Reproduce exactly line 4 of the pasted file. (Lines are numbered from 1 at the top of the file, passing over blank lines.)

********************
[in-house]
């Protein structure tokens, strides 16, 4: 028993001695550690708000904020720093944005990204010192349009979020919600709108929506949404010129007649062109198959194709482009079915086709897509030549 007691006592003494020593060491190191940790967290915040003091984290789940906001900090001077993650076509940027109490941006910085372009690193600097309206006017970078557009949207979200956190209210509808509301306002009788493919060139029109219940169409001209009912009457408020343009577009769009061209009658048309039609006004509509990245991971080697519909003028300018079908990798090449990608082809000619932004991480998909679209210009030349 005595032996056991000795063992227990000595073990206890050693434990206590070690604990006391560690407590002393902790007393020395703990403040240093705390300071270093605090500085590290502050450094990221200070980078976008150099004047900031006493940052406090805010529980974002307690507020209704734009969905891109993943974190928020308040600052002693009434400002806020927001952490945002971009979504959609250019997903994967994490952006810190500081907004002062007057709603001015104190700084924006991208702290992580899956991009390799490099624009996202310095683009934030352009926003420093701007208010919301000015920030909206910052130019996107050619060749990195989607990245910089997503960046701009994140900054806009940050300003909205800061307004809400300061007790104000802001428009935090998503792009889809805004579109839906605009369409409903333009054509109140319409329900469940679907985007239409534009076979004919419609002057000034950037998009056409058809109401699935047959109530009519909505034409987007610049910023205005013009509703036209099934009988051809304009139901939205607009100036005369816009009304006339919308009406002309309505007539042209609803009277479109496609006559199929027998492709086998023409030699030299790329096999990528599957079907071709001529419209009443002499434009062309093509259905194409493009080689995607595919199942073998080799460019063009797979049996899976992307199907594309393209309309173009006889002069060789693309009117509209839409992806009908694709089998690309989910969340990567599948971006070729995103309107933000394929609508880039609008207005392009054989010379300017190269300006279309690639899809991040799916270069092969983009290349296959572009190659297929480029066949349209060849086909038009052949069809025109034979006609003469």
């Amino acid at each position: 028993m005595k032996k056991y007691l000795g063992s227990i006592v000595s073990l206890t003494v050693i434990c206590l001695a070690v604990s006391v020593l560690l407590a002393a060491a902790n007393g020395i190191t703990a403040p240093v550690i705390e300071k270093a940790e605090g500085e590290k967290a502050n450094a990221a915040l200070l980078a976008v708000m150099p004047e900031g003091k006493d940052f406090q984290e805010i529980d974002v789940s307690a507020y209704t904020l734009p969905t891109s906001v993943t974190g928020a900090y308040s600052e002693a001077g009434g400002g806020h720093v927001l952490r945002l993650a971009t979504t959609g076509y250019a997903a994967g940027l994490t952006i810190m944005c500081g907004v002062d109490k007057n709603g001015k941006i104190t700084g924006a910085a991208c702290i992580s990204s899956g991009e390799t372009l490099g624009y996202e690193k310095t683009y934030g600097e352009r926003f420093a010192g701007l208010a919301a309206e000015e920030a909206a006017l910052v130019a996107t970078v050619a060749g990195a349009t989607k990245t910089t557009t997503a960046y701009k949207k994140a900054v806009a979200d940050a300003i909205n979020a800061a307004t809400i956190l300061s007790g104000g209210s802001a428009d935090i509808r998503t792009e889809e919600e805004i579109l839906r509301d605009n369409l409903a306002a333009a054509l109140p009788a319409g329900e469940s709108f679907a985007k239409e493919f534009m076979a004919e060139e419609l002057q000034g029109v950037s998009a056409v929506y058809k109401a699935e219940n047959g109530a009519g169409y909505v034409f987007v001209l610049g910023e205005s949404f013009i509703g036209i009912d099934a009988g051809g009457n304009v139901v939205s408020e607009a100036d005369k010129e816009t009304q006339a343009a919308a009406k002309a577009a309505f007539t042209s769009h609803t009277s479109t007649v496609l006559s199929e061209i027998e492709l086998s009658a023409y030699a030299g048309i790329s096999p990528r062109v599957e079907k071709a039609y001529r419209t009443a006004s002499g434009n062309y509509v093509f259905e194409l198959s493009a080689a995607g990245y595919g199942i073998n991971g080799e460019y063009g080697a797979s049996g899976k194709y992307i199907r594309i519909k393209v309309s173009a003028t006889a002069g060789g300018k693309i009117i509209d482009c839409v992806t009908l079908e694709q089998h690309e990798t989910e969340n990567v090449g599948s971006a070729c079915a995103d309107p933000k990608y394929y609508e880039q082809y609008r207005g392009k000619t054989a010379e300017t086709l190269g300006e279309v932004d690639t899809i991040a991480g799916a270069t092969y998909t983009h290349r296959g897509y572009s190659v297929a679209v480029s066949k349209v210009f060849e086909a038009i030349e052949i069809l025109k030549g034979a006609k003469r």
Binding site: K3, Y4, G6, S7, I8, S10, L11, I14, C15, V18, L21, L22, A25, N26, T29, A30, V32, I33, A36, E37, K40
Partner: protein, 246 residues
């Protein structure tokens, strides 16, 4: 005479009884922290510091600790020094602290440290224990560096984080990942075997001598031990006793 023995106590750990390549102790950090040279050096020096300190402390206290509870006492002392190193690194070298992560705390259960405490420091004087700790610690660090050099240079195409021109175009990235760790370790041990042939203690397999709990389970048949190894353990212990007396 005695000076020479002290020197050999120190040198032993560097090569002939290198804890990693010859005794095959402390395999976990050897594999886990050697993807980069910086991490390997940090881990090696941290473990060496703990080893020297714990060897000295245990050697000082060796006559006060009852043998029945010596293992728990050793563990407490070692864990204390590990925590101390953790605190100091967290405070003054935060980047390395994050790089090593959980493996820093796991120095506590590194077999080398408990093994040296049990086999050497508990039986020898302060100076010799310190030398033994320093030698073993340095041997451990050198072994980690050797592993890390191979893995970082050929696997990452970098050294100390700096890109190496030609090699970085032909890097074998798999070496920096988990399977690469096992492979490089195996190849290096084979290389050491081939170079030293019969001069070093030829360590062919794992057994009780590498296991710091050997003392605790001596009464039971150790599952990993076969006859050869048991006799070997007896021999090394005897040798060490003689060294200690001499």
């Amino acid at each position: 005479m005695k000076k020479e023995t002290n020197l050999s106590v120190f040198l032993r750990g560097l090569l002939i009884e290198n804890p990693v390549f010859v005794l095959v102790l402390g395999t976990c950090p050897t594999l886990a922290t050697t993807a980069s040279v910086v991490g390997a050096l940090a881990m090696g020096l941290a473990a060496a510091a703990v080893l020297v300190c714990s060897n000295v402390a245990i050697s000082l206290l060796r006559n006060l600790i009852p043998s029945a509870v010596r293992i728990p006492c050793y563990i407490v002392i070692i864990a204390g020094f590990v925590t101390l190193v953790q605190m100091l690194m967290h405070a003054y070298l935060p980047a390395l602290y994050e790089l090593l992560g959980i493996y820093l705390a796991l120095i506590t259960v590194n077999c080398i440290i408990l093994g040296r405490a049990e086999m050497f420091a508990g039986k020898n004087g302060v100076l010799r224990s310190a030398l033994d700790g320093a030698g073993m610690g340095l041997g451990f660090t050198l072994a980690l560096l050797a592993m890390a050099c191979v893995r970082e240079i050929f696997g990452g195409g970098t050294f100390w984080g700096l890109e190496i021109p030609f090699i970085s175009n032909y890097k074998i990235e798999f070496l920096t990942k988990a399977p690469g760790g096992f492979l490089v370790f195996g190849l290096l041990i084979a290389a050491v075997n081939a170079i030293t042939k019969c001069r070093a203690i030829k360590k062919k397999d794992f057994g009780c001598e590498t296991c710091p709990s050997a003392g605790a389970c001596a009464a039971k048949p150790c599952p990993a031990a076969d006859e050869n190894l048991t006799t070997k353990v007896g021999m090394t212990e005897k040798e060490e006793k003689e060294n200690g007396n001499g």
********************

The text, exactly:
Binding site: K3, Y4, G6, S7, I8, S10, L11, I14, C15, V18, L21, L22, A25, N26, T29, A30, V32, I33, A36, E37, K40